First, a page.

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Minerva Medicolegale 2020 March;140(1):16-25

DOI: 10.23736/S0026-4849.20.01783-6

Copyright © 2020 EDIZIONI MINERVA MEDICA

language: English

Leaving this world: investigation on self-injurious and suicidal behavior in the correctional facilities of Puglia and Basilicata, Italy

Federica MISCEO 1 , Antonella FANIZZA 1, Libera M. COLLETTA 2, Silvio TAFURI 3, Francesco P. BIANCHI 3, Luigi FERRANNINI 4, Antonello BELLOMO 5, Roberto CATANESI 6, Ignazio GRATTAGLIANO 1

1 Department of Educational Sciences, Psychology and Communication, Aldo Moro University of Bari, Bari, Italy; 2 Istituto di Alta Formazione, Pescara, Italy; 3 Department of Biomedical Sciences and Human Oncology, Aldo Moro University of Bari, Bari, Italy; 4 Italian Association of Psychogeriatrics (AIP), Brescia, Italy; 5 Department of Clinical and Experimental Medicine, University of Foggia, Foggia, Italy; 6 Section of Criminology and Forensic Psychopathology, Aldo Moro University of Bari, Bari, Italy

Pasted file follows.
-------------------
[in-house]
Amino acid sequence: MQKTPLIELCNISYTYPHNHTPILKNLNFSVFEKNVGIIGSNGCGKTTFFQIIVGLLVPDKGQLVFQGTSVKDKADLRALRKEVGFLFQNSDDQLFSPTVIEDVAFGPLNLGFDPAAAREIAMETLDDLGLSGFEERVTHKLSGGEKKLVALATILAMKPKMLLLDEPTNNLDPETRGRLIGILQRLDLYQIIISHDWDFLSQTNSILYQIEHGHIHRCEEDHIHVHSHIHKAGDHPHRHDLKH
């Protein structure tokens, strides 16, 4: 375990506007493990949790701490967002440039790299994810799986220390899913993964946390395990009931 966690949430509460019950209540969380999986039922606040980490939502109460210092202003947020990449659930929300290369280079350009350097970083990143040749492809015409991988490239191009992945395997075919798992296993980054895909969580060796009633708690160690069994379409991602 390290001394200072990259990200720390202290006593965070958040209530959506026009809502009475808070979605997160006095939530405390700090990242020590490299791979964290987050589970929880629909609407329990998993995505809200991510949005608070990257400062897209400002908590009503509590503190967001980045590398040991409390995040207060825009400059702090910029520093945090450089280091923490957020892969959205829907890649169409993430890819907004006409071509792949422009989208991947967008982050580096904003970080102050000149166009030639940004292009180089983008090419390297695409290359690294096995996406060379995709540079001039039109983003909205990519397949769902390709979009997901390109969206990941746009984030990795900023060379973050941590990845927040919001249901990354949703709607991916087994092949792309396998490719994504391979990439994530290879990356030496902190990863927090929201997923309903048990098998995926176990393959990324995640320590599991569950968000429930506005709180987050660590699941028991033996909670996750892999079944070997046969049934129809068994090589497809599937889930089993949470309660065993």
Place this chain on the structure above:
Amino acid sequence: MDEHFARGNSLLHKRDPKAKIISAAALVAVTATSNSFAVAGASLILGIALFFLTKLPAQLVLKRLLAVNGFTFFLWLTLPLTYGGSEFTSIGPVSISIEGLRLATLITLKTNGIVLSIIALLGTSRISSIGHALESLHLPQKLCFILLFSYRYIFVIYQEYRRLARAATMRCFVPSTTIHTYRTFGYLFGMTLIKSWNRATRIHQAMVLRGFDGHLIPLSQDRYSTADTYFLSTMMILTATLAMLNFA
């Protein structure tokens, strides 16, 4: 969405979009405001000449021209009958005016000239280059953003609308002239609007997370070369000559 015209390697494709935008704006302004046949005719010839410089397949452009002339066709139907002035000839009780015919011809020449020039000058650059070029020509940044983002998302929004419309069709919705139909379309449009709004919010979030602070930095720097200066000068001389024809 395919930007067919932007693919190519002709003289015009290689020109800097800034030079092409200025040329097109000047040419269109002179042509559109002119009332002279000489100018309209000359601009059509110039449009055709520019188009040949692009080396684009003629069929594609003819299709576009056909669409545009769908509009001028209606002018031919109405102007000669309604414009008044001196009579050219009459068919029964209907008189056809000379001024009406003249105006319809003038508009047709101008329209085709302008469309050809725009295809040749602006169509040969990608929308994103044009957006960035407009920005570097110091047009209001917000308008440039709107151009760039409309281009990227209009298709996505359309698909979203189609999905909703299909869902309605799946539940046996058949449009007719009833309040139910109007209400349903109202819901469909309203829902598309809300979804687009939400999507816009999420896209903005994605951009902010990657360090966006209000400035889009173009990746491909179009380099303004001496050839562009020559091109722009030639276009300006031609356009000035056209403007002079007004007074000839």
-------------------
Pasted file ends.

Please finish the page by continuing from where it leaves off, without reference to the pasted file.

BACKGROUND: Our research stems from an eloquent fact: in Italy, detainees commit suicide or self-injury between 9 and 21-fold more frequently than the free population. Suicide and deliberate self-harm are the most common forms of death within detention facilities. A better knowledge of how inmates commit suicide, suicide attempts and self-injury can help operators to develop preventive projects. Moreover, data and reflections upon these phenomena can be used as support for judiciary and social-health operators; they are often the first to cope with these phenomena within penitentiary facilities, and need to adapt their work to insufficient resources when facing this delicate problem.
METHODS: Data were collected through a “Suicide risk assessment form” extrapolated from 88 files on inmates held at the penitentiaries of Trani, Foggia, Matera and the Psychiatry inmates Section of the A.O.U. Policlinico of Bari. Data collected relate to personal data, mental and physical health status and committing suicide attempts (SA) and non-suicidal self-injury acts (NSSI acts).
RESULTS: Data showed that asphyxiation was the method most commonly used for suicide attempts (55%), while wounds inflicted with sharp, cutting weapons were the means most widely used for committing non-suicidal self-injury acts (25%). Concerning mental health status, 81% of our sample have a psychiatric diagnosis. This suggests that psychiatric disorders are an important risk factor for self-inflicted aggressiveness.
CONCLUSIONS: The wide variety of methods used indicates the need to restructure prison spaces and environments to reduce the risk of these phenomena.


KEY WORDS: Suicide; Attempted suicide; Self-injurious behavior; Prisons

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